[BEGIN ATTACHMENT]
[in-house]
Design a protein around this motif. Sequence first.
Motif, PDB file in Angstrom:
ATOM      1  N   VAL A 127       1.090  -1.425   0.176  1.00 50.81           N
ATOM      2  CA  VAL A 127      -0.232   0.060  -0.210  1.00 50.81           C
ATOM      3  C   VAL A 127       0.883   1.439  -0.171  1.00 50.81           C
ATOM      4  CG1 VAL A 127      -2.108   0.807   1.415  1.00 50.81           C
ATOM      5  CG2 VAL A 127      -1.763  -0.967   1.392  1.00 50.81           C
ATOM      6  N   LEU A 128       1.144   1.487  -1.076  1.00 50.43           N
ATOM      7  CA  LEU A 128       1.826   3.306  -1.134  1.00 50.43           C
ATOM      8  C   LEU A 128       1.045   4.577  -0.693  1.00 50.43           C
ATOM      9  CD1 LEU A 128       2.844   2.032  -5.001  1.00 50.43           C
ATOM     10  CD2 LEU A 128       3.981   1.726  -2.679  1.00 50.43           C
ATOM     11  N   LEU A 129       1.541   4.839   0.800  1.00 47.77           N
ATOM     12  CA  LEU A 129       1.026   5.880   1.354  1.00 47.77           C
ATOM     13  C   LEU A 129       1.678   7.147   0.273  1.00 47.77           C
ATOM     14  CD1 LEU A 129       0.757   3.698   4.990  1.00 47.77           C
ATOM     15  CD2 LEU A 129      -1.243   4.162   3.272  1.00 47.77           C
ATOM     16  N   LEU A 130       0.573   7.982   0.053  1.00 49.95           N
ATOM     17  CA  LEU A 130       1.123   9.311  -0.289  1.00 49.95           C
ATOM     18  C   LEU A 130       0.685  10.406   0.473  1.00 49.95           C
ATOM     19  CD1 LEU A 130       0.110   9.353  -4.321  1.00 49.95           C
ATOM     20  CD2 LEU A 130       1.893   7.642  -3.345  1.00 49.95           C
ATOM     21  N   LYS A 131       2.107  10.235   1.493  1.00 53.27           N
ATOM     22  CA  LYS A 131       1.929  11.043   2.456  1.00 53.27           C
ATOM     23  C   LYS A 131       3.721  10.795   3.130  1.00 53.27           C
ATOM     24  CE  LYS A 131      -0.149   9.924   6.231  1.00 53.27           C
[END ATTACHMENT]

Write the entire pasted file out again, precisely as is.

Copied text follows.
[in-house]
Design a protein around this motif. Sequence first.
Motif, PDB file in Angstrom:
ATOM      1  N   VAL A 127       1.090  -1.425   0.176  1.00 50.81           N
ATOM      2  CA  VAL A 127      -0.232   0.060  -0.210  1.00 50.81           C
ATOM      3  C   VAL A 127       0.883   1.439  -0.171  1.00 50.81           C
ATOM      4  CG1 VAL A 127      -2.108   0.807   1.415  1.00 50.81           C
ATOM      5  CG2 VAL A 127      -1.763  -0.967   1.392  1.00 50.81           C
ATOM      6  N   LEU A 128       1.144   1.487  -1.076  1.00 50.43           N
ATOM      7  CA  LEU A 128       1.826   3.306  -1.134  1.00 50.43           C
ATOM      8  C   LEU A 128       1.045   4.577  -0.693  1.00 50.43           C
ATOM      9  CD1 LEU A 128       2.844   2.032  -5.001  1.00 50.43           C
ATOM     10  CD2 LEU A 128       3.981   1.726  -2.679  1.00 50.43           C
ATOM     11  N   LEU A 129       1.541   4.839   0.800  1.00 47.77           N
ATOM     12  CA  LEU A 129       1.026   5.880   1.354  1.00 47.77           C
ATOM     13  C   LEU A 129       1.678   7.147   0.273  1.00 47.77           C
ATOM     14  CD1 LEU A 129       0.757   3.698   4.990  1.00 47.77           C
ATOM     15  CD2 LEU A 129      -1.243   4.162   3.272  1.00 47.77           C
ATOM     16  N   LEU A 130       0.573   7.982   0.053  1.00 49.95           N
ATOM     17  CA  LEU A 130       1.123   9.311  -0.289  1.00 49.95           C
ATOM     18  C   LEU A 130       0.685  10.406   0.473  1.00 49.95           C
ATOM     19  CD1 LEU A 130       0.110   9.353  -4.321  1.00 49.95           C
ATOM     20  CD2 LEU A 130       1.893   7.642  -3.345  1.00 49.95           C
ATOM     21  N   LYS A 131       2.107  10.235   1.493  1.00 53.27           N
ATOM     22  CA  LYS A 131       1.929  11.043   2.456  1.00 53.27           C
ATOM     23  C   LYS A 131       3.721  10.795   3.130  1.00 53.27           C
ATOM     24  CE  LYS A 131      -0.149   9.924   6.231  1.00 53.27           C